The History of Pendennis: His Fortunes and Misfortunes, His Friends and His Greatest Enemy

By William Makepeace Thackeray | Go to book overview

CHAPTER XXVII.
CONTAINS SOME BALL-PRACTISING.

UNDER some calico draperies in the shady embrasure of a window, Arthur Pendennis chose to assume a very gloomy and frowning countenance, and to watch Miss Bell dance her first quadrille with Mr. Pynsent for a partner. That gentleman was as solemn and severe as Englishmen are upon such occasions, and walked through the dance as he would have walked up to his pew in church, without a smile upon his face, or allowing any outward circumstance to interfere with his attention to the grave duty in which he was engaged. But Miss Laura' face was beaming with pleasure and good-nature. The lights and the crowd and music excited her. As she spread out her white robes, and performed her part of the dance, smiling and happy, her brown ringlets flowing back over her fair shoulders from her honest rosy face, more than one gentleman in the room admired and looked after her; and Lady Fogey, who had a house in London, and gave herself no small airs of fashion when in the country, asked of Lady Rockminster who the young person was, mentioning a reigning beauty in London whom, in her Ladyship's opinion, Laura was rather like, and pronounced that she would "do."

Lady Rockminster would have been very much surprised if any protégée of hers would not "do," and wondered at Lady Fogey4 s impudence in judging upon the point at all. She surveyed Laura with majestic glances through her eye-glass. She was pleased with the girl's artless looks, and gay innocent manner. Her manner is very good, her Ladyship thought. Her arms are rather red, but that is a defect of her youth. Her ton is far better than that of the little pert Miss Amory, who is dancing opposite to her.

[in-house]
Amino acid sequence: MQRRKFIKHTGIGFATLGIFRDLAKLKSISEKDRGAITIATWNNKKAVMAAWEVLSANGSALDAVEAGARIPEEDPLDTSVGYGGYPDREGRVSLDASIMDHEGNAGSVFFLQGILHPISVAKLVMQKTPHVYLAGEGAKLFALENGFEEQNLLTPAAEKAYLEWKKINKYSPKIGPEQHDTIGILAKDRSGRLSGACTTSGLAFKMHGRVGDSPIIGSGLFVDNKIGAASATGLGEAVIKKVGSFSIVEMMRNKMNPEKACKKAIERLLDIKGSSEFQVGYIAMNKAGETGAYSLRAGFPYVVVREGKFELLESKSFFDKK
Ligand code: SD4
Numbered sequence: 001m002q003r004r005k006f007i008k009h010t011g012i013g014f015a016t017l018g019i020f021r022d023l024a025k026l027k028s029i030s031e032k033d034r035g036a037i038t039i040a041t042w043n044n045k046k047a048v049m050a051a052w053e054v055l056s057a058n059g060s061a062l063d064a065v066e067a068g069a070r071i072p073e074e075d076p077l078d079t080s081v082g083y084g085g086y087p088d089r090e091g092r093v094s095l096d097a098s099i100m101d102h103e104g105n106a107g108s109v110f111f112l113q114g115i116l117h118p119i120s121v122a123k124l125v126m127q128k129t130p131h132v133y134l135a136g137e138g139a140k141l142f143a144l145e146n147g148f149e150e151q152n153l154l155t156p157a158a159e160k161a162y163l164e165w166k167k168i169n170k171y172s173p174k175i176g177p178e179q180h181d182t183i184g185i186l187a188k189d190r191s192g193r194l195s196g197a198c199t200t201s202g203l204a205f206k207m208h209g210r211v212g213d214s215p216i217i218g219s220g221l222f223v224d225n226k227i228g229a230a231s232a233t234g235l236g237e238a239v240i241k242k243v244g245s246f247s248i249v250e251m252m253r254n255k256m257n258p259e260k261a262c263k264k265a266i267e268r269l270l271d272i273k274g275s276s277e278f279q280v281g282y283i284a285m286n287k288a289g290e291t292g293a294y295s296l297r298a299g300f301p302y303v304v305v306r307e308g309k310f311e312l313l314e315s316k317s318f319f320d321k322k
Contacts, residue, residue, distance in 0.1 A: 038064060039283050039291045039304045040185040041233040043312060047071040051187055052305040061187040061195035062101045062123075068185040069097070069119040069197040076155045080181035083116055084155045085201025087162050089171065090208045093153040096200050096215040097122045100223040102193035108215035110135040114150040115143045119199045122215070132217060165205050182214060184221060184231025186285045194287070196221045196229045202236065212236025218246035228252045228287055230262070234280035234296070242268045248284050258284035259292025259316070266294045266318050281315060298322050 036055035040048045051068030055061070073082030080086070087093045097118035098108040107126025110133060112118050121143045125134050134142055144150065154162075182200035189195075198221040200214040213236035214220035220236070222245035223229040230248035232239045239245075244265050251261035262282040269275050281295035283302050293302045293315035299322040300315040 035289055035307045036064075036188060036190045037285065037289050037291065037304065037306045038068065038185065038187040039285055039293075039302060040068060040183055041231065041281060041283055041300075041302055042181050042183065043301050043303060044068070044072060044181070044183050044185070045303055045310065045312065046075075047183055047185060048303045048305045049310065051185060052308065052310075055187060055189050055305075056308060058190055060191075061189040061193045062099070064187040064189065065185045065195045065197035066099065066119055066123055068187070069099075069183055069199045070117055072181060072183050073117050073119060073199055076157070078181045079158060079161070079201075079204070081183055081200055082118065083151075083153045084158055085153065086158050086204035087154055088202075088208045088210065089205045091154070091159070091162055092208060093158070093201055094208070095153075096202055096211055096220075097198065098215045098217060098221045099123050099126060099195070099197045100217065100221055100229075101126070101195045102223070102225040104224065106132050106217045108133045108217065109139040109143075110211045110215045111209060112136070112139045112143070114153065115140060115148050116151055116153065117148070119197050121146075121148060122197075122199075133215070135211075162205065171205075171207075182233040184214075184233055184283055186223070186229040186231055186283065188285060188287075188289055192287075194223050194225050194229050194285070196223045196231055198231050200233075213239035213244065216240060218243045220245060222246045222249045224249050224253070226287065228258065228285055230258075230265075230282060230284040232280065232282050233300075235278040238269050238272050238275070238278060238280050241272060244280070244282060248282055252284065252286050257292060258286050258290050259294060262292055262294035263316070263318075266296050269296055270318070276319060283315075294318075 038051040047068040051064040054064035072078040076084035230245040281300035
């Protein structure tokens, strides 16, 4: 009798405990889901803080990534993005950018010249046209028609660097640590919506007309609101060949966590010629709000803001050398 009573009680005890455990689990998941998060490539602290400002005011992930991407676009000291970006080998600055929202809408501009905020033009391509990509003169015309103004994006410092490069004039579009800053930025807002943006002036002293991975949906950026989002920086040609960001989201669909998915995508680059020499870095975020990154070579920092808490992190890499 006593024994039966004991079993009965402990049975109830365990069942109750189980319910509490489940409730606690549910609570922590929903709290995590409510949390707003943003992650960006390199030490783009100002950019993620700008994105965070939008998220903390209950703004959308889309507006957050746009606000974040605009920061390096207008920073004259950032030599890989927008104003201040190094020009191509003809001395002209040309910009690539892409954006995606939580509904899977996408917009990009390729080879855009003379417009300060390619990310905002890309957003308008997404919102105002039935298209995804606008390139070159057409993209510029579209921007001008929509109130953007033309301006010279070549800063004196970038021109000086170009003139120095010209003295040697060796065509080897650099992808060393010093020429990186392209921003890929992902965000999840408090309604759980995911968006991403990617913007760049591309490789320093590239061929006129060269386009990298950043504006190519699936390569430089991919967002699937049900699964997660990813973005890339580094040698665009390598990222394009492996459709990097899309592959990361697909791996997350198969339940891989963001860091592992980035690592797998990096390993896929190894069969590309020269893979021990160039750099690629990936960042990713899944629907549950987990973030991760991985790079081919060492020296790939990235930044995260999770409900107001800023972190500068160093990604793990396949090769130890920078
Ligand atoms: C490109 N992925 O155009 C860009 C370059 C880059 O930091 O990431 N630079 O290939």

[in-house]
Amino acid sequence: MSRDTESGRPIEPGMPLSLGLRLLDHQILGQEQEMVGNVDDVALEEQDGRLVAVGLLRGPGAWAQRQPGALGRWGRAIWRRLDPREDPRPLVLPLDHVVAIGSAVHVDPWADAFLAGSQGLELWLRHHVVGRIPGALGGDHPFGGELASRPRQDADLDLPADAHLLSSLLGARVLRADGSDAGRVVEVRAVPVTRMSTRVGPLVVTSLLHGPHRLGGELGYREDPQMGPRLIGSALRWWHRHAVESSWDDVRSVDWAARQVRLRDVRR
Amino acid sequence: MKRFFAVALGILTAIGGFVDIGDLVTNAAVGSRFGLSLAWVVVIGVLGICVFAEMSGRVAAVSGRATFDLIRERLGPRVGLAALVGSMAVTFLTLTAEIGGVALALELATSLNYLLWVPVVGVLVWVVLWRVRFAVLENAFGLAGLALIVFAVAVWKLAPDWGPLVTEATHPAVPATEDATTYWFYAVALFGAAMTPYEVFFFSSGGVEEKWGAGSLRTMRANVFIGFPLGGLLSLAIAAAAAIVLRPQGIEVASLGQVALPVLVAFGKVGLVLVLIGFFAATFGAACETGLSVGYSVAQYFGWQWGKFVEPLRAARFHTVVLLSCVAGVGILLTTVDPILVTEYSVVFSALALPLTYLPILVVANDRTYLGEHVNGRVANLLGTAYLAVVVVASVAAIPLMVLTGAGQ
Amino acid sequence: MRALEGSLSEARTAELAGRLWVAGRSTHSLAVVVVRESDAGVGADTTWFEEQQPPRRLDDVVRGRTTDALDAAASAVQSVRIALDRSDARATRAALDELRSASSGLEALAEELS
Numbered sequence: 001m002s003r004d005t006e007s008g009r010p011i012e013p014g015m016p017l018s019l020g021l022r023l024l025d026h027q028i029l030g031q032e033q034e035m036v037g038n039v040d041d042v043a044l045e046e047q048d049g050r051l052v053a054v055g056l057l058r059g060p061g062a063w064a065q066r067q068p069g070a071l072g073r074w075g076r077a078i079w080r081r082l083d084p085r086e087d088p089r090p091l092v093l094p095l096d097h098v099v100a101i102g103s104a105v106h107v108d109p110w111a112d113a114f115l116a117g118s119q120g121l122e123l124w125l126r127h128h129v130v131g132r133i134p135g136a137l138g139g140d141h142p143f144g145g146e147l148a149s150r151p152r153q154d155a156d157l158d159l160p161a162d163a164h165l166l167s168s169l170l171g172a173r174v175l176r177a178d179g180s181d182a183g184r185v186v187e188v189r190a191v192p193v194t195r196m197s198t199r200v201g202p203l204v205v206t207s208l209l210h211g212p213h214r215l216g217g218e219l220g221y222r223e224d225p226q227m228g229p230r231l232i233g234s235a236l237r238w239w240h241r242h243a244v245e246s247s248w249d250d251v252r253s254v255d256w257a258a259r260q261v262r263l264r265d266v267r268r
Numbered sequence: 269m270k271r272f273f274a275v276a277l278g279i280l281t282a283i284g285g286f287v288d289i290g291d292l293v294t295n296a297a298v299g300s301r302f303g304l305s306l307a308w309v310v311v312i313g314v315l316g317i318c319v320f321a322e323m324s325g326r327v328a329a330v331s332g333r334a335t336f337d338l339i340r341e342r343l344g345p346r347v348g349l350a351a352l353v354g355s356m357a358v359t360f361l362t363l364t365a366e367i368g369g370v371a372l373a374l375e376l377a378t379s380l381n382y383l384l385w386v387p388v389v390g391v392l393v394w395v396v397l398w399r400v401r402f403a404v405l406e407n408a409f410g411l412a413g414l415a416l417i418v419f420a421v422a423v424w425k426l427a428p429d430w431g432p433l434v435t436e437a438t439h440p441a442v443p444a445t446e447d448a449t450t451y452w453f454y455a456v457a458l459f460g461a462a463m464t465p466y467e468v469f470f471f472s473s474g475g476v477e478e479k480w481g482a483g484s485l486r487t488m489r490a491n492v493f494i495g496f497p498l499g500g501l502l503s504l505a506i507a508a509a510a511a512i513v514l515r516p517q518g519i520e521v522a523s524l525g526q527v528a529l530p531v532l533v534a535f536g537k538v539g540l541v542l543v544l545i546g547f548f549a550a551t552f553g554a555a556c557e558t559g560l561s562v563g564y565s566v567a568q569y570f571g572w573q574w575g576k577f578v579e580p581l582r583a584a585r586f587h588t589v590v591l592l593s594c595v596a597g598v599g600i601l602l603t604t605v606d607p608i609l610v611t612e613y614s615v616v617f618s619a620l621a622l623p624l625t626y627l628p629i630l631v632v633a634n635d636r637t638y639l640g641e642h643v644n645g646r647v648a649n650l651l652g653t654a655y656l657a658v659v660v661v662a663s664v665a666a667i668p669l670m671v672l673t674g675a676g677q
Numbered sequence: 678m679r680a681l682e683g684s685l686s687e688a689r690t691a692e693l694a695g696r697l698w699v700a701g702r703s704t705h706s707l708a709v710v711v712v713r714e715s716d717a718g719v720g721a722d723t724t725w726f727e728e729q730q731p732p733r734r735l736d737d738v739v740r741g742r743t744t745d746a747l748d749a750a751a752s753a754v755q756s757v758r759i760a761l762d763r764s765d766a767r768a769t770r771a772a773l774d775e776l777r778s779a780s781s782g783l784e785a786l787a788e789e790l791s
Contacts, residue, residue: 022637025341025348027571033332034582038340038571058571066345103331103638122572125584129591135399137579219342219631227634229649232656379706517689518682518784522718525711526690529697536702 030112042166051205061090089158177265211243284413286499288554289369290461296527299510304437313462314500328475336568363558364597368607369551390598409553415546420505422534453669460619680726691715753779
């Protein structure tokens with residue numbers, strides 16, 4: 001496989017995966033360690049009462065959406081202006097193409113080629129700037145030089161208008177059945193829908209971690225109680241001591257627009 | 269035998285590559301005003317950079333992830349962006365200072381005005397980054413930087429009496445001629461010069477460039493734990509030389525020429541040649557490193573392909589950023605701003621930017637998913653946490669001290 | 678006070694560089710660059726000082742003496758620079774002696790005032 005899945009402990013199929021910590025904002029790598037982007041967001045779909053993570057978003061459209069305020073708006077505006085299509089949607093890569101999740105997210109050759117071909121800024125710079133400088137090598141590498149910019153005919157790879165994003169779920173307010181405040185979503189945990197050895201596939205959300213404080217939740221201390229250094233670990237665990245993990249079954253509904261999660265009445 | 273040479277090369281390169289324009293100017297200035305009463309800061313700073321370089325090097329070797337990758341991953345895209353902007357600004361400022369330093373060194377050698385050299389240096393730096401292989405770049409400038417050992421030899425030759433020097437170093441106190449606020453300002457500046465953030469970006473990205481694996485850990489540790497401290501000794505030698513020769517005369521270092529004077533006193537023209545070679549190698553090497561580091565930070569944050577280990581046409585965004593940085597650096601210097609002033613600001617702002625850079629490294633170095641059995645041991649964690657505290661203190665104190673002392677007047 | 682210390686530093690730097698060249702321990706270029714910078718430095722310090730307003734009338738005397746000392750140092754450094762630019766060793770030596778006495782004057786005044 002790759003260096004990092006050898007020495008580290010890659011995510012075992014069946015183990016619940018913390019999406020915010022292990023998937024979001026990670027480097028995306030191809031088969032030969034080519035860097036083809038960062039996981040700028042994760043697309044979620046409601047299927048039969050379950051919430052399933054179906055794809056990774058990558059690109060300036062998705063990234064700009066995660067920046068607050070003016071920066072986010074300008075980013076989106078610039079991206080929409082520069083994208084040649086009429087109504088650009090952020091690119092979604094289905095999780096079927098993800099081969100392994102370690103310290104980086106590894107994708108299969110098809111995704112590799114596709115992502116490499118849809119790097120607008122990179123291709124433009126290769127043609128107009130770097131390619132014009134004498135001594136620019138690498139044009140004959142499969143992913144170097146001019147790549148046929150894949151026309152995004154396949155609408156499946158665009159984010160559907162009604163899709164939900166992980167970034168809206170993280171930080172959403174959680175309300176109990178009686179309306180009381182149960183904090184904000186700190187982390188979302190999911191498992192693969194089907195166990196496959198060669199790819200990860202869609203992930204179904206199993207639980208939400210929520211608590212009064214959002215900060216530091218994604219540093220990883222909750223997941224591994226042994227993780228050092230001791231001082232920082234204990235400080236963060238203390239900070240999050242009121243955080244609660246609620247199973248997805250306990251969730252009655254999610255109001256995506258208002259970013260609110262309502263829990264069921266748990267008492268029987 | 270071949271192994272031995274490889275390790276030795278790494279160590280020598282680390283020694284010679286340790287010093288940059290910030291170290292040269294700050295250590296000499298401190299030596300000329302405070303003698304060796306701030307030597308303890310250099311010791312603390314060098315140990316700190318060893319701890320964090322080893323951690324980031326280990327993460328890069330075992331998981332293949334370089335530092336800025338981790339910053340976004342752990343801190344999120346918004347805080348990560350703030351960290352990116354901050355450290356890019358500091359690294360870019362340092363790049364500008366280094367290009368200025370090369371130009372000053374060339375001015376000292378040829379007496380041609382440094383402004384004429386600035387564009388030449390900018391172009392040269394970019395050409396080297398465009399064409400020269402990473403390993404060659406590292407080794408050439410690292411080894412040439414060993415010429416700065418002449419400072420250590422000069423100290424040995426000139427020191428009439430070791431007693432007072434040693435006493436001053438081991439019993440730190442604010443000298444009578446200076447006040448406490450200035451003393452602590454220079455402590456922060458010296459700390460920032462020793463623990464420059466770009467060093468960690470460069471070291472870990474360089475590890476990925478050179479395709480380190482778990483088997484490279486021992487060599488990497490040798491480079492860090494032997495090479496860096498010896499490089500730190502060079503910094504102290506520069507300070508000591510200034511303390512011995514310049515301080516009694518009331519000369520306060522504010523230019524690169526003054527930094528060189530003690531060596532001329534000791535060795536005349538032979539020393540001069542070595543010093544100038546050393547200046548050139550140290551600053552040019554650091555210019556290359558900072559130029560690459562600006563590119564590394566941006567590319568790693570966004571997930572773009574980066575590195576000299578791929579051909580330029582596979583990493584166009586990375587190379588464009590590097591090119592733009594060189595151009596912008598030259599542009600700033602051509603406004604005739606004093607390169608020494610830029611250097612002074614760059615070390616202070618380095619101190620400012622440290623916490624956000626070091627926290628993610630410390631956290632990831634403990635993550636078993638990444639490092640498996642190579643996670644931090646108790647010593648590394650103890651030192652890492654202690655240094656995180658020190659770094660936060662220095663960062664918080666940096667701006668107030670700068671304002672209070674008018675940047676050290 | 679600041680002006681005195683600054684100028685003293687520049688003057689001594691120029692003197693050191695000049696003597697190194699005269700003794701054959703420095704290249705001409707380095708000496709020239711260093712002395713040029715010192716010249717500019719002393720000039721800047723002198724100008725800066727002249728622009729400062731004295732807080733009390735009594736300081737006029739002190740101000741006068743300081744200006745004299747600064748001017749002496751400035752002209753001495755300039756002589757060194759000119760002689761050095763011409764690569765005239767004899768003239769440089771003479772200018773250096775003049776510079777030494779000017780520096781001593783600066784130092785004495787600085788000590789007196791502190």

Miss Blanche was, indeed, the vis-à-vis of Miss Laura, and smiled most killingly upon her dearest friend, and nodded to her, and talked to her, when they met during the quadrille evolutions, and patronised her a great deal. Her shoulders were the whitest in the whole room: and they were never easy in her frock for one single instant: nor were her eyes, which rolled about incessantly: nor was her little figure: -- it seemed to say to all the people, "Come and look at me -- not at that pink, healthy, bouncing country lass, Miss Bell, Who scarcely knew how to dance till I taught her. This is the true Parisian manner -- this is the prettiest little foot in the room, and the prettiest little chaussure, too. Look at it, Mr. Pynsent. Look at it, Mr. Pendennis, you who are scowling behind the curtain -- I know you are longing to dance with me."

Laura went on dancing, and keeping an attentive eye upon Mr. Pen in the embrasure of the window. He did not quit that retirement during the first quadrille, nor until the second, when the good-natured Lady Clavering beckoned to him to come up to her to the dais or place of honour where the dowagers were, and whither Pen went, blushing and exceedingly awkward, as most conceited young fellows are. He performed a haughty salutation to Lady Rockminster, who hardly acknowledged his bow, and then went and paid his respects to the widow of the late Amory, who was splendid in diamonds, velvet, lace, feathers, and all sorts of millinery and goldsmith's ware.

Young Mr. Fogey, then in the fifth form at Eton, and ardently expecting his beard and his commission in a dragoon regiment, was the second partner who was honoured with Miss Bell's hand. He was rapt in admiration of that young lady. He thought he had never seen so charming a creature. "I like you much better than the French girl" (for this young gentleman had been dancing with Miss Amory before), he candidly said to her. Laura laughed, and looked more goodhumoured than ever; and in the midst of her laughter caught a sight of Pen, and continued to laugh as he, on his side, continued to look absurdly pompous and

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